What’s The Fundamental Question Every Business Must Answer?

Market Discipline Photo from Pinterest

Market Discipline
Photo from Pinterest

“You cannot please everyone.”

How often have you heard this in your life?  Do you believe it?  Do you try to please everyone anyway?  If so, how is that working for you?

In business, we need to make a decision very early on a key question:  Who is our customer?

To answer that question, we need to determine who will want our product or service.   It is essential to discuss how we do (or could) differentiate ourselves from our competitors — what it is that customers receive from us that makes them want to take their money out of their bank accounts and put it into our cash registers.  The answer to this question reveals our Value Proposition.

Generally, there are three types of Value Propositions*:

          1. Lowest total cost
          2. Best total solution
          3. Product or Service Leader

Your Value Proposition is what differentiates your business from your competitors and creates customer expectations. It is your promise to the customer. Your success depends on your organization’s ability to deliver a customer experience that fits your Value Proposition.  For this to happen, the Value Chain (i.e. the work, processes and procedures) must be aligned with the Value Proposition.  The customer experience you create is made up of whatever happens at each touch-point your customer has with your organization, product and service.  Well-aligned work processes, procedures, priorities, and systems actually enable the organization to deliver your Value Proposition as standard operating procedure.  Alignment drives success and profitability because it helps ensure value creating work is being done effectively and efficiently and without requiring people to use unplanned time and resources to work around standard procedures in order to deliver strategic value to the customer.

Many organizations can become misaligned over time. Misalignment can result from company initiatives and programs that are implemented to achieve goals outside of the Value Proposition. Examples can include implementation of Best Practices or popular cost-reduction programs, capital equipment purchases, or training initiatives that achieve purposes that aren’t in sync with your unique business strategy.  It is a good idea to review both strategy and organizational alignment periodically to identify changes that are needed to ensure ongoing competitiveness.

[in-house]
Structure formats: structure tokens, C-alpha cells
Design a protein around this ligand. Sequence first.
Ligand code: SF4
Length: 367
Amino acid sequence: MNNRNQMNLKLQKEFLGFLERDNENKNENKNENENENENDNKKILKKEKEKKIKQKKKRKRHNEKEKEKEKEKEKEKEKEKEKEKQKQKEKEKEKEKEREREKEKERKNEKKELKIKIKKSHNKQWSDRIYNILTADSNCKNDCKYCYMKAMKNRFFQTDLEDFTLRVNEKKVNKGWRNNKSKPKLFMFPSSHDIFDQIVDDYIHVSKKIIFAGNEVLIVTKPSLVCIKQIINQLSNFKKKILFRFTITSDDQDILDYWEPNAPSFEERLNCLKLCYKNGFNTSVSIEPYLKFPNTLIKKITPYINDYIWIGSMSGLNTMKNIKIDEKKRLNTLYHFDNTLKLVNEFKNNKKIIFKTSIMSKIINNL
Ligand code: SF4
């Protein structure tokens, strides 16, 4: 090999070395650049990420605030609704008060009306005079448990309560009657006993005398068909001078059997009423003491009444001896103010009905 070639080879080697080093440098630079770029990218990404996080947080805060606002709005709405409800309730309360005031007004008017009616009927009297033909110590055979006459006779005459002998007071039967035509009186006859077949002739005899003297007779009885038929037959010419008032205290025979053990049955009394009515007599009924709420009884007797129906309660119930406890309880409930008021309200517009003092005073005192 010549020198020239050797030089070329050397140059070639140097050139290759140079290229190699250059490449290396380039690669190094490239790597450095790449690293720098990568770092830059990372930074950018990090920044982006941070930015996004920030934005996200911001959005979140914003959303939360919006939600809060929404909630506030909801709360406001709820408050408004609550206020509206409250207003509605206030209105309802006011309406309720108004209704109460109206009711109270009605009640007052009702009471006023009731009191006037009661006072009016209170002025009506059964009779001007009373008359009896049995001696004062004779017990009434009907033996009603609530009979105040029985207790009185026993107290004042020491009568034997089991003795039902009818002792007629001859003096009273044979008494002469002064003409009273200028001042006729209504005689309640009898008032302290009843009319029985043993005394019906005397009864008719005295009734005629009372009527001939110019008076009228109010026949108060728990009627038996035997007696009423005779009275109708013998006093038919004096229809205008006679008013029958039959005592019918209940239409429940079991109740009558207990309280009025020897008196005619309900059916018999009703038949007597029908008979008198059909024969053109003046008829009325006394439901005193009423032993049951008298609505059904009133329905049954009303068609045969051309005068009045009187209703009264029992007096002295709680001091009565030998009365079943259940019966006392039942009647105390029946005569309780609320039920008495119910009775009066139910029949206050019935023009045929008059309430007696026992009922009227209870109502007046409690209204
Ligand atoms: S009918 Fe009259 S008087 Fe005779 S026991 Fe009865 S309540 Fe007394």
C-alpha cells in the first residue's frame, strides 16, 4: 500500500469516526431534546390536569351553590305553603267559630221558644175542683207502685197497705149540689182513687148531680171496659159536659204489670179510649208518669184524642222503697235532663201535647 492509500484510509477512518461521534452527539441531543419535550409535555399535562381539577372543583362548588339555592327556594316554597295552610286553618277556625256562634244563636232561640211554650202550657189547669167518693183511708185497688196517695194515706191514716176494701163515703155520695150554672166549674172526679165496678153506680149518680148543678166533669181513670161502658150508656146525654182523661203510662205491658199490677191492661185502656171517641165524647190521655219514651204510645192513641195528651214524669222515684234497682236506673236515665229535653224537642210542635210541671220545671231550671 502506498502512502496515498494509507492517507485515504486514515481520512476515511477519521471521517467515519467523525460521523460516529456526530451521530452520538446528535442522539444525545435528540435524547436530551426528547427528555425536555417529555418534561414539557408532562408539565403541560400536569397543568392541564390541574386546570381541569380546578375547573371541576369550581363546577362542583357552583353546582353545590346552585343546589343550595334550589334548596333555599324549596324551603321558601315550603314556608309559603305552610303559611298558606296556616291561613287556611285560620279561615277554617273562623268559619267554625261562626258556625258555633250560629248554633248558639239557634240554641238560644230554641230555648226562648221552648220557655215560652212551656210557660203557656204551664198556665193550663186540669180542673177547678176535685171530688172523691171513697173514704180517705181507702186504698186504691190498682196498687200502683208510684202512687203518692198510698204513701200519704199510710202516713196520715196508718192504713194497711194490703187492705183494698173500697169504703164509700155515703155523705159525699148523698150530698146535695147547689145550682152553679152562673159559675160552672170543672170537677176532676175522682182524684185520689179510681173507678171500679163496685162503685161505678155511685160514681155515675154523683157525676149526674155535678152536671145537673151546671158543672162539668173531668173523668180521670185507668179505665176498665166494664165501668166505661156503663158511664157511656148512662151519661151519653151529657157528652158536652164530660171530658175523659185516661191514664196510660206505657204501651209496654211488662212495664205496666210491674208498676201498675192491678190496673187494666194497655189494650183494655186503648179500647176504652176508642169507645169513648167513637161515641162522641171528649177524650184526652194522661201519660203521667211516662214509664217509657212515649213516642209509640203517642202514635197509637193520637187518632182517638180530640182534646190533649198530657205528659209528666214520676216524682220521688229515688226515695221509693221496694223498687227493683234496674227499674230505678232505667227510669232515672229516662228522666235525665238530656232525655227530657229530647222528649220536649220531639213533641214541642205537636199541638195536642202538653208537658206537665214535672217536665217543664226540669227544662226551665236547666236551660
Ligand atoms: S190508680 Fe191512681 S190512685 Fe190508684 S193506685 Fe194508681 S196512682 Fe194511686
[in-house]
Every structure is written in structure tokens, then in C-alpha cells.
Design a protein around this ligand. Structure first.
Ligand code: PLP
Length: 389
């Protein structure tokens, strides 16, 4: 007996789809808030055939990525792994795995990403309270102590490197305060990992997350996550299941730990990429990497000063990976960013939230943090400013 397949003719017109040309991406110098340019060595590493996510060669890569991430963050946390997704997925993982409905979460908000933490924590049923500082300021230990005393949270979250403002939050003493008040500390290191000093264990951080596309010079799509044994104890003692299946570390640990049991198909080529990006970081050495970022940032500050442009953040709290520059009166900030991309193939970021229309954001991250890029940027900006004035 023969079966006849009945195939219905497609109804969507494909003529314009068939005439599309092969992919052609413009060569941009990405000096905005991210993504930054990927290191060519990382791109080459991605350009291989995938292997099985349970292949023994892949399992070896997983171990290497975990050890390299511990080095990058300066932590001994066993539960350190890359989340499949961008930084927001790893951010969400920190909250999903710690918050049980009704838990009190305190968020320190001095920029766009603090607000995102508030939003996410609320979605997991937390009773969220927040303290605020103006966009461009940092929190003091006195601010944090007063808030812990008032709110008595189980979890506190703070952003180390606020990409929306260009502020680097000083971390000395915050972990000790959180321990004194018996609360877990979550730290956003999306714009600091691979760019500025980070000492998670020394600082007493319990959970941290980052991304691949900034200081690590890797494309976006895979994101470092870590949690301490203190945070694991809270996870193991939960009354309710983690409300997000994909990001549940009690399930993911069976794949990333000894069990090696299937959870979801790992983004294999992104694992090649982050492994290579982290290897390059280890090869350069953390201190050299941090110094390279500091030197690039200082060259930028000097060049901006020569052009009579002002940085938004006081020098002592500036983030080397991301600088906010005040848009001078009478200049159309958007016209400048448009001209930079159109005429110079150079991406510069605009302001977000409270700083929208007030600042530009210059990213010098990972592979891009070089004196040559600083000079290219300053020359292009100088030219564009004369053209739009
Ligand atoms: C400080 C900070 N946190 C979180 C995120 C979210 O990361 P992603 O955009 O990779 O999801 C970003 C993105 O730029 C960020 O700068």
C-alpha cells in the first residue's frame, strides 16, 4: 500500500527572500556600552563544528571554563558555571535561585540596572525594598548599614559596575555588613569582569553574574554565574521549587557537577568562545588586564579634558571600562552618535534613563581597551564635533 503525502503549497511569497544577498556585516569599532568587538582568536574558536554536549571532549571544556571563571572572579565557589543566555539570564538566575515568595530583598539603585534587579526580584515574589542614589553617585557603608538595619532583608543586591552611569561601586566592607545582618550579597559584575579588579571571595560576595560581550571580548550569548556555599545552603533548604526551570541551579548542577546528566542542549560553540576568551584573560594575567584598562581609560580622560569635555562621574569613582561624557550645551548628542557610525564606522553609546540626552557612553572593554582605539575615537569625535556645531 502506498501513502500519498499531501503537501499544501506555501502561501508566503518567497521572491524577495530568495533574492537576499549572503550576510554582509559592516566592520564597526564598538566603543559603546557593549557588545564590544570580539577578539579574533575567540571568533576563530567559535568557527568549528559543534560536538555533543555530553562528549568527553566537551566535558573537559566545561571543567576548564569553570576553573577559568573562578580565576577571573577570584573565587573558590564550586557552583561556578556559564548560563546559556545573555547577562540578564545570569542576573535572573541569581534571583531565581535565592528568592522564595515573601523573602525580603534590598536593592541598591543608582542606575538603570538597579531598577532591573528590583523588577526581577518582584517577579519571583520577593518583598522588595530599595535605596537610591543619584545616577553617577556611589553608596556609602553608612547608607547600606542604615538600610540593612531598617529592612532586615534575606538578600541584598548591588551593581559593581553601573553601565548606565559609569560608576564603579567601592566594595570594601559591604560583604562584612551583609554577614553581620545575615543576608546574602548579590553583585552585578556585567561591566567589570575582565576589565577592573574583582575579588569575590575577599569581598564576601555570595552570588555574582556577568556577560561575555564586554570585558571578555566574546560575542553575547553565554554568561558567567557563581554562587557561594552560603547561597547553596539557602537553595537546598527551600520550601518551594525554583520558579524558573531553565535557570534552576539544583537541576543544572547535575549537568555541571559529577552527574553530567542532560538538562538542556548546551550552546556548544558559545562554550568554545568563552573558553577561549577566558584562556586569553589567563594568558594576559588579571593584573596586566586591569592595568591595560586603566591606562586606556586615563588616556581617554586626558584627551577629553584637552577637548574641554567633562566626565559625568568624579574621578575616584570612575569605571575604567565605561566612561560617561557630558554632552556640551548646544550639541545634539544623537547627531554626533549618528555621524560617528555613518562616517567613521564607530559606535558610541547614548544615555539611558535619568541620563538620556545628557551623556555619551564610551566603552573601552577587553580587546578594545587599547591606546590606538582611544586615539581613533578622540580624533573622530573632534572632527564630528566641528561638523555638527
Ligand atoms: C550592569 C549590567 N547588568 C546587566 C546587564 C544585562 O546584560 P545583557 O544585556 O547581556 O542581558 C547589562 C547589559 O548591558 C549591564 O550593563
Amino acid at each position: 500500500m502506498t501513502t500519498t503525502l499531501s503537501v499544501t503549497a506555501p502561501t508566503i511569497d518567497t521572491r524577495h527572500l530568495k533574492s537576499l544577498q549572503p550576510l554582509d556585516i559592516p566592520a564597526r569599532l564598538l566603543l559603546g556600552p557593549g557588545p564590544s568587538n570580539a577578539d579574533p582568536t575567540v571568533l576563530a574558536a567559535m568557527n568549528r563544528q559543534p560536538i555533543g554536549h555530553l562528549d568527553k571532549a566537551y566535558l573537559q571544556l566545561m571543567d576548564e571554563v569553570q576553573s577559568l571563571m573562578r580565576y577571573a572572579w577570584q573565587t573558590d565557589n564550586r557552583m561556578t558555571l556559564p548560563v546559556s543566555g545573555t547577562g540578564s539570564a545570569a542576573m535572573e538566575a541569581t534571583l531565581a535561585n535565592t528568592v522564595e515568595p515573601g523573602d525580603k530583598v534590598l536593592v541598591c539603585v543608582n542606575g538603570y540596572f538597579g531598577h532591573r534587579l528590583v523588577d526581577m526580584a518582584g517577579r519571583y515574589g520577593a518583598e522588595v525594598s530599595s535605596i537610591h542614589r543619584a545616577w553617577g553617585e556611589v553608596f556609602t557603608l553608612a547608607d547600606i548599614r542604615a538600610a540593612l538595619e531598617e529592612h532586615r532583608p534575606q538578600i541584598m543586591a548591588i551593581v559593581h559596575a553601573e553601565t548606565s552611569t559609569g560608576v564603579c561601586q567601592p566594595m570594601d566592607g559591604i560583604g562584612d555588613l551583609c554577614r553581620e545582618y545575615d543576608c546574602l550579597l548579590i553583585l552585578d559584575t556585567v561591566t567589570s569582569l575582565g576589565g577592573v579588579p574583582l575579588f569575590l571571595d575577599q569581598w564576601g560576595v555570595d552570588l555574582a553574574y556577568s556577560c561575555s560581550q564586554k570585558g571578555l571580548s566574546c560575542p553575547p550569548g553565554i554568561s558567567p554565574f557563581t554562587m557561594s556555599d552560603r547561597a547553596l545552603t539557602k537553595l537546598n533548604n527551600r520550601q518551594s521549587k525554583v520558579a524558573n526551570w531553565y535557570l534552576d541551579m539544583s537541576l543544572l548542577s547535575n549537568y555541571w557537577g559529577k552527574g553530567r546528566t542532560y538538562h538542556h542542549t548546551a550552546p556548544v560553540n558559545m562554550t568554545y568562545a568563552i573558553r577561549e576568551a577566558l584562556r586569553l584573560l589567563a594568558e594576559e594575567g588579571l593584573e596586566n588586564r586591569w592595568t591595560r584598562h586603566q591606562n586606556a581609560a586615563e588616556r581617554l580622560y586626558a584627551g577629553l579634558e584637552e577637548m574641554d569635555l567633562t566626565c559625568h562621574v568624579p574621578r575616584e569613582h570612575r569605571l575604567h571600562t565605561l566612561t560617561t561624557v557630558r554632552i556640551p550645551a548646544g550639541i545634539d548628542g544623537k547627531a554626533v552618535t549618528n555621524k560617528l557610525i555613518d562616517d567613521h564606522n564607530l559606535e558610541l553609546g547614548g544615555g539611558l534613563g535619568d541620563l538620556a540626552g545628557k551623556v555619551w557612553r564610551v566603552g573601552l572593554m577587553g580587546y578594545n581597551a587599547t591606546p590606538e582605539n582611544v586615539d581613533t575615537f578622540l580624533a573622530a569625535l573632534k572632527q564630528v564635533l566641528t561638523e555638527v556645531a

The rule of thumb is:  Deliver all three reasonably and adequately — but differentiate in just one.  Why?   As shown in the chart below, a Value Chain that optimizes an organization’s capability to deliver on one type of Value Proposition can undermine or impede delivery of a different Value Proposition. The chart below demonstrates some key differences between three businesses.

Company:

Riley Printing

Wellington Printing

Stanley Printing

 

Value Proposition:

Lowest Total Cost.

Combination of quality, price, ease of selection, no-hassle purchase   and use

Best Total SolutionTailored and customized to meet specific needs of individual   customers Product or Service LeaderInnovative, unique, cutting edge products and services; latest and   greatest

Processes

Basic, streamlined, optimized for low cost Loose, flexible.  Focus on   helping customers determine what is needed and on managing relationships

Focus on invention, development, market exploitation

Operations Simplified, standardized, tightly controlled, centrally planned,   leaving few decisions to front-line employees Delegates decisions to employees closest to the customer; very little   red tape

Loosely knit, ever-changing, adjusting to entrepreneurial initiatives   and redirections that support working in unexplored territory

Culture

Looks down on waste, rewards efficiency, focuses on optimization,   disciplined teamwork

Embraces specific vs. general solutions, flexibility, mindset of   understanding the customer and thrives on deep, lasting relationships

Encourages individual imagination, accomplishment, out of the box   thinking, mindset driven by desire to create the future

You’ll notice if you look at the selected parts of a Value Chain that there are incompatibilities from one Value Proposition to the next, and that what works best for one conflicts with what works best for another.

Can an organization effectively set up its value chain with structures and processes that support two or all three value propositions?  What impact would these differences have on the way work is done, and the way one function impacts another?

Market Discipline

To be a Market Leader, we need to develop and articulate a powerful Value Proposition, and follow three simple rules (sometimes referred to as having Market Discipline):

      1. Choose your customers
      2. Organize around Value
      3. Have the discipline to stick with the first two rules

Today’s Challenge Questions:  Why do your customers buy from you?  What do you do differently from your competitors that brings your customers to you, that drives them to take money out of their wallets and put it into your cash register?  How well is your organization aligned with the Value Proposition? And, are you following the 3 rules for Market Leaders? Or, are you losing focus (and increasing cost) by trying to please everyone? We welcome your comments and questions and invite you to write on our blog and to contact us using the box below.

*Source:  “The Discipline of Market Leaders”, by Michael Treacy and Fred Wiersema

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